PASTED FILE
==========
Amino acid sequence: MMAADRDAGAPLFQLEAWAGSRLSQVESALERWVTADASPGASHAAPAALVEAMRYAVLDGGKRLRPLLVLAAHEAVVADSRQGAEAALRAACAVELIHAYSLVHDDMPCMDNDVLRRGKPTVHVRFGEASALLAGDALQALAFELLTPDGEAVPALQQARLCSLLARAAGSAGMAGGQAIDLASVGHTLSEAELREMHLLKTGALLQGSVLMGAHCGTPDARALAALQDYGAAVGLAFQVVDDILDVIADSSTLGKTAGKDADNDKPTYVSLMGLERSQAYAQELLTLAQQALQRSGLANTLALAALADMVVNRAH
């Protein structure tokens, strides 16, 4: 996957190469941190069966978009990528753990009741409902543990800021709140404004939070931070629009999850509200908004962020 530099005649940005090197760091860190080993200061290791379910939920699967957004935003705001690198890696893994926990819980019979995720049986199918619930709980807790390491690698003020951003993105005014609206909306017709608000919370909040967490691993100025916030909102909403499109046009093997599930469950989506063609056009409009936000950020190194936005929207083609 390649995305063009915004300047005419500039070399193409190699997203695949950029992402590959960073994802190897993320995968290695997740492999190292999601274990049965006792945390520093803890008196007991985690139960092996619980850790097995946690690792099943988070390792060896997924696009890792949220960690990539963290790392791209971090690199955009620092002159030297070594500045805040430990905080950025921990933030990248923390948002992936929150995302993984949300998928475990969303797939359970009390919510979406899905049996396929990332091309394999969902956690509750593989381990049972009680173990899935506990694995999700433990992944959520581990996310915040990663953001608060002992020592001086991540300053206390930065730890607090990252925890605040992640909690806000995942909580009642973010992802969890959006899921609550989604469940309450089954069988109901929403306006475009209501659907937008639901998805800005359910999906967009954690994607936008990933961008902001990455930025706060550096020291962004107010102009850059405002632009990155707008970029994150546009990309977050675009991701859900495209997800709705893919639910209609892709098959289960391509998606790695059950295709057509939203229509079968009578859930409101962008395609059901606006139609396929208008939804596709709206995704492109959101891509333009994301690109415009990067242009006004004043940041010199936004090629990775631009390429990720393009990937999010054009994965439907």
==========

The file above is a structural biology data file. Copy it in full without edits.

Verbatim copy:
Amino acid sequence: MMAADRDAGAPLFQLEAWAGSRLSQVESALERWVTADASPGASHAAPAALVEAMRYAVLDGGKRLRPLLVLAAHEAVVADSRQGAEAALRAACAVELIHAYSLVHDDMPCMDNDVLRRGKPTVHVRFGEASALLAGDALQALAFELLTPDGEAVPALQQARLCSLLARAAGSAGMAGGQAIDLASVGHTLSEAELREMHLLKTGALLQGSVLMGAHCGTPDARALAALQDYGAAVGLAFQVVDDILDVIADSSTLGKTAGKDADNDKPTYVSLMGLERSQAYAQELLTLAQQALQRSGLANTLALAALADMVVNRAH
């Protein structure tokens, strides 16, 4: 996957190469941190069966978009990528753990009741409902543990800021709140404004939070931070629009999850509200908004962020 530099005649940005090197760091860190080993200061290791379910939920699967957004935003705001690198890696893994926990819980019979995720049986199918619930709980807790390491690698003020951003993105005014609206909306017709608000919370909040967490691993100025916030909102909403499109046009093997599930469950989506063609056009409009936000950020190194936005929207083609 390649995305063009915004300047005419500039070399193409190699997203695949950029992402590959960073994802190897993320995968290695997740492999190292999601274990049965006792945390520093803890008196007991985690139960092996619980850790097995946690690792099943988070390792060896997924696009890792949220960690990539963290790392791209971090690199955009620092002159030297070594500045805040430990905080950025921990933030990248923390948002992936929150995302993984949300998928475990969303797939359970009390919510979406899905049996396929990332091309394999969902956690509750593989381990049972009680173990899935506990694995999700433990992944959520581990996310915040990663953001608060002992020592001086991540300053206390930065730890607090990252925890605040992640909690806000995942909580009642973010992802969890959006899921609550989604469940309450089954069988109901929403306006475009209501659907937008639901998805800005359910999906967009954690994607936008990933961008902001990455930025706060550096020291962004107010102009850059405002632009990155707008970029994150546009990309977050675009991701859900495209997800709705893919639910209609892709098959289960391509998606790695059950295709057509939203229509079968009578859930409101962008395609059901606006139609396929208008939804596709709206995704492109959101891509333009994301690109415009990067242009006004004043940041010199936004090629990775631009390429990720393009990937999010054009994965439907």